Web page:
Mexico lacks laws that ensure equal access to services for the deaf, Rosenblum said. Jobs for the deaf are practically nonexistent in much of Mexico.

A 2009 World Federation for the Deaf report found there are only about 20 trained sign-language interpreters in Mexico.

Ricardo Alday, a spokesman for the Mexican Embassy in Washington, D.C., said Mexico is working on improving life for the deaf, and it proposed and lobbied for the United Nations International Convention for the Rights of Persons with Disabilities, which includes deafness.

But Alday said circumstances for the deaf and social awareness about deafness and other disabilities vary widely across Mexico.

"It goes to show there's still a long way to go," he said of the asylum applications.

Kathleen Kim, a professor at Loyola Law School in Los Angeles and an expert on immigration law, said the large-scale filing of asylum claims could raise awareness among asylum officers of the alleged persecution deaf people face abroad. She emphasized she could not comment on the merits of the deaf immigrants' cases and the chance of success.

Asylum law sometimes shifts. For example, in 2009 the government for the first time accepted that certain immigrant women who suffered severe domestic violence could be eligible for asylum.

But Judy London, directing attorney of the immigrants' rights project of Los Angeles-based Public Counsel Law Center, said she was concerned by the huge number of cases being handled by one attorney.

Asylum law is complex, each case is evaluated separately and mass filings are risky, she said.

"It gives one pauses when a vulnerable group moves en masse to seek asylum," London said. "It makes one think whether they are adequately represented" by their attorney.

Bajramovic said she has been working a year and a half on the asylum cases, accepting fees far below her norm because almost all applicants are low income.

In most cases, applicants must file for asylum within a year of entering the United States. Bajramovic said many clients had been ripped off by other attorneys or by people posing as lawyers when previously seeking legalization. In some cases, employees at immigration field offices told them no deaf interpreters were available and they needed to seek their own, she said.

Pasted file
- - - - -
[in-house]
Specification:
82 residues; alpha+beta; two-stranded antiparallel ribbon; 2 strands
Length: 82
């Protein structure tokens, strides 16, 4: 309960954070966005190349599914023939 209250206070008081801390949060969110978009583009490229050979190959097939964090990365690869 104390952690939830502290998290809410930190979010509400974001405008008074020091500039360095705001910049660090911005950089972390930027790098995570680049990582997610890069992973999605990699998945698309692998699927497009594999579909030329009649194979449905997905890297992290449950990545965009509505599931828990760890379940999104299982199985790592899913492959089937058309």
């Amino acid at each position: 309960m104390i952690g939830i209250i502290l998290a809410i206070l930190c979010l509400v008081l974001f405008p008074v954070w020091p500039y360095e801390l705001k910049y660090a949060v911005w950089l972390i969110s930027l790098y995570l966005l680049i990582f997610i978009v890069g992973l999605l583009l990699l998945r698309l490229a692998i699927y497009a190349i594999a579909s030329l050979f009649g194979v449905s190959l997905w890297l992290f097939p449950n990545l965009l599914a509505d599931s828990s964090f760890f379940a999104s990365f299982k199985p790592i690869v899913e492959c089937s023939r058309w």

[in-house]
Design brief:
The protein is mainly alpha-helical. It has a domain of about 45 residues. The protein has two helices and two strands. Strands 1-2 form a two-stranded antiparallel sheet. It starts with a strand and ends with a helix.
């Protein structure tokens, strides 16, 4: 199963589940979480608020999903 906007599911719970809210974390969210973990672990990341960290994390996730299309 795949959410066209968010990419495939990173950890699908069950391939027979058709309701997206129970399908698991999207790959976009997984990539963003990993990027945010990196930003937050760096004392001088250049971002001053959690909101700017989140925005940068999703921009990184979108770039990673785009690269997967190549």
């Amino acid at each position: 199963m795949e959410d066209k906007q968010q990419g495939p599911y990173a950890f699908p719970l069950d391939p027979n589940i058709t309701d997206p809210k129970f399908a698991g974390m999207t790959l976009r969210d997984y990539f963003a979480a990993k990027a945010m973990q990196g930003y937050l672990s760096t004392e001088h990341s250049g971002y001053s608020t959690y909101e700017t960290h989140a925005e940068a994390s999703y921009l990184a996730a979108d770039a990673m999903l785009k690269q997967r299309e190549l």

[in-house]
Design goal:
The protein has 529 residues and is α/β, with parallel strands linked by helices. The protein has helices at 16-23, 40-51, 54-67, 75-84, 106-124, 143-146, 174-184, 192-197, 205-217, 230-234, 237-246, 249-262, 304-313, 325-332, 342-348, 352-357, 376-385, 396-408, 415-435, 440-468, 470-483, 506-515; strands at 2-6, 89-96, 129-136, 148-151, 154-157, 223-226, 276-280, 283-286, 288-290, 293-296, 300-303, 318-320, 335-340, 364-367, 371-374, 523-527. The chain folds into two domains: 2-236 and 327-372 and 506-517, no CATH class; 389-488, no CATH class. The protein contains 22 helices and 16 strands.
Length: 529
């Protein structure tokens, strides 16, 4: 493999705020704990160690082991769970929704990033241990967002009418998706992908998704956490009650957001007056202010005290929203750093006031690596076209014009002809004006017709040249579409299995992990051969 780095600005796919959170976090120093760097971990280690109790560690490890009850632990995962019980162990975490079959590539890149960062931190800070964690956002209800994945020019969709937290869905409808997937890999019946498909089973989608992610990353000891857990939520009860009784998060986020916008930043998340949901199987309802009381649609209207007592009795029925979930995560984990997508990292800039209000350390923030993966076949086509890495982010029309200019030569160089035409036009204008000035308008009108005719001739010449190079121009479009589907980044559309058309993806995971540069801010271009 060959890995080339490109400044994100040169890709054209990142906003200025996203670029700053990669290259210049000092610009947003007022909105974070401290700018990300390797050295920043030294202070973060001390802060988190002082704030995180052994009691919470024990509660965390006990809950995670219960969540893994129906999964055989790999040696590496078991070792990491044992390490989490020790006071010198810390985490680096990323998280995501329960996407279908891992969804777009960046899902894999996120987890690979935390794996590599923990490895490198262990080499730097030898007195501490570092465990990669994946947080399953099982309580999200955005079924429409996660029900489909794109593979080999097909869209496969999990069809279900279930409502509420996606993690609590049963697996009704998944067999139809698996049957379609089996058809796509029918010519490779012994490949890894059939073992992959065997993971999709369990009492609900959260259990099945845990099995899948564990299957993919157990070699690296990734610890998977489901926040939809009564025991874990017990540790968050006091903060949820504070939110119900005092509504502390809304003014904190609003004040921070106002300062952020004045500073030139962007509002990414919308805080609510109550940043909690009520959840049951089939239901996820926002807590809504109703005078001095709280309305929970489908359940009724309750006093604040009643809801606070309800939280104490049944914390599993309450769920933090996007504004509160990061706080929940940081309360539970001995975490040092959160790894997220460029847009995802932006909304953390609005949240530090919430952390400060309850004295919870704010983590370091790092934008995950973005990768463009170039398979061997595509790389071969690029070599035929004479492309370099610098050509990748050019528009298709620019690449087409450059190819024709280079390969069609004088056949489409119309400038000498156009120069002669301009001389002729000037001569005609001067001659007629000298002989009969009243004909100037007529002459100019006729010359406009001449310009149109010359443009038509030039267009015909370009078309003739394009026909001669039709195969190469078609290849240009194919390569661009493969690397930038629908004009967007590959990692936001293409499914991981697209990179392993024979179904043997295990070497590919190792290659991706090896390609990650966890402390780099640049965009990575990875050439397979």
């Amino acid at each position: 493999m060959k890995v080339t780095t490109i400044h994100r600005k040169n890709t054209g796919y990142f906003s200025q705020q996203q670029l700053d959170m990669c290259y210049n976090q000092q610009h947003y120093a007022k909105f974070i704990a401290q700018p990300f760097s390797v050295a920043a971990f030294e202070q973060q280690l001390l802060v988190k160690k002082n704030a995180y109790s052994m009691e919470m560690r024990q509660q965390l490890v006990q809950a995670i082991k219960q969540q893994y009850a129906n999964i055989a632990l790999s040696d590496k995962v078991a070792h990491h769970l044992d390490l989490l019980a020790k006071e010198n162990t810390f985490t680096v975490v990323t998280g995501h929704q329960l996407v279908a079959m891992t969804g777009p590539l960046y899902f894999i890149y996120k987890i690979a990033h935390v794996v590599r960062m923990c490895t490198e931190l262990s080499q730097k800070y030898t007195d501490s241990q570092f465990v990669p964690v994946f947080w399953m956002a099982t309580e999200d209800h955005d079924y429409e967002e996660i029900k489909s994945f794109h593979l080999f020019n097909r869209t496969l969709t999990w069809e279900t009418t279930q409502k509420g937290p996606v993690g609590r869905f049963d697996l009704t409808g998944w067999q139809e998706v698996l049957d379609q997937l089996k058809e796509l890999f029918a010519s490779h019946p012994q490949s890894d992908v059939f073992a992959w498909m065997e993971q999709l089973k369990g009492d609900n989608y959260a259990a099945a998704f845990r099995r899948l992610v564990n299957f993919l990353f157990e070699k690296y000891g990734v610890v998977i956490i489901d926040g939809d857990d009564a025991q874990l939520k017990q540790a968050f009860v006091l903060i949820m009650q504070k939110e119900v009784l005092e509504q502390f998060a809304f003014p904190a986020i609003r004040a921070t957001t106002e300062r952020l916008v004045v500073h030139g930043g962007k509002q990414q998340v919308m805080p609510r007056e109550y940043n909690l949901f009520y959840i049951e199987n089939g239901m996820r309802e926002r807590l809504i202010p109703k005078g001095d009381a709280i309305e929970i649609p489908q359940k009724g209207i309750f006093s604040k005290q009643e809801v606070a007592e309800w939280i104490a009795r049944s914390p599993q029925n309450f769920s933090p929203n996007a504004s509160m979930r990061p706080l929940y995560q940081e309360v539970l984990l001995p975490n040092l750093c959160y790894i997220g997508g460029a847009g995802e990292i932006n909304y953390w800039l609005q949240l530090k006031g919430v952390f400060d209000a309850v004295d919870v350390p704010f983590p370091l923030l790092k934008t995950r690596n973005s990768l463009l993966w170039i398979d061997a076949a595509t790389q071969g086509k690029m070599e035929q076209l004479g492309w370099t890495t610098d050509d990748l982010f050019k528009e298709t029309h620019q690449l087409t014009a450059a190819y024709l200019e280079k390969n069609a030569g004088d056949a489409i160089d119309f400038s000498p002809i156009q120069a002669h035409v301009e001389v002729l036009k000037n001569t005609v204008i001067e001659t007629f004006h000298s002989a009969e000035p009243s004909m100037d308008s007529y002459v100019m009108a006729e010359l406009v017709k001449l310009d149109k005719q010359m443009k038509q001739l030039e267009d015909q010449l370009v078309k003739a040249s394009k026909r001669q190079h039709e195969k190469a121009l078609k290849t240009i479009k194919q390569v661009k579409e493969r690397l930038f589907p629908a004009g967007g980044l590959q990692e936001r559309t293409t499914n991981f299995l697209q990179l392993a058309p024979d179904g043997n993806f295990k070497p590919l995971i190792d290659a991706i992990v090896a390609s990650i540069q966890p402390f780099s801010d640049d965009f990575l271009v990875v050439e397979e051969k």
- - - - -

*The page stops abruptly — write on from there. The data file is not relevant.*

Immigration services spokeswoman Mariana Gitomer said the government provides sign-language interpreters at the government's expense.

Kathy Rock Veylit, the clients' interpreter, said most of the applicants were -- and in many cases still are -- functionally illiterate and had no idea they were entering a different country when they crossed the border. They had no concept of immigration laws.

As asylum applicant Jose Luis Bautista of Riverside spent more than 10 minutes trying to describe to a reporter how many siblings he has and what gender they are, Rock Veylit interrupted to say such lengthy explanations are common.

"The lack of education makes things that would be simple much more complicated," she said. "Some of this is like pulling teeth. They live in the here and now in their language ability."

Bautista attended school in Mexico for seven years but said he learned virtually nothing. Figueroa recalled how teachers at his school hit him out of frustration that he couldn't understand them. Children taunted him, mimicking the improvised hand signals he used to communicate.

Unlike Figueroa, his wife, Amalia, 39, attended a school for the deaf in Mexico. But even that school didn't have sign-language interpreters. Teachers wrote on the board.

"But I couldn't understand what was written," Amalia Figueroa said.

One teacher fondled girls in her fifth-grade class, laughing as he did so, she said. People outside school regularly harassed her.

Amalia Figueroa worries about the couple's U.S.-born children -- four of the five are deaf -- being raised in Mexico.

"In Mexico, deaf people suffer so much," she said through an interpreter. "Here, people respect deaf people and you can work. I want my children to get a good education, not like what I had in Mexico."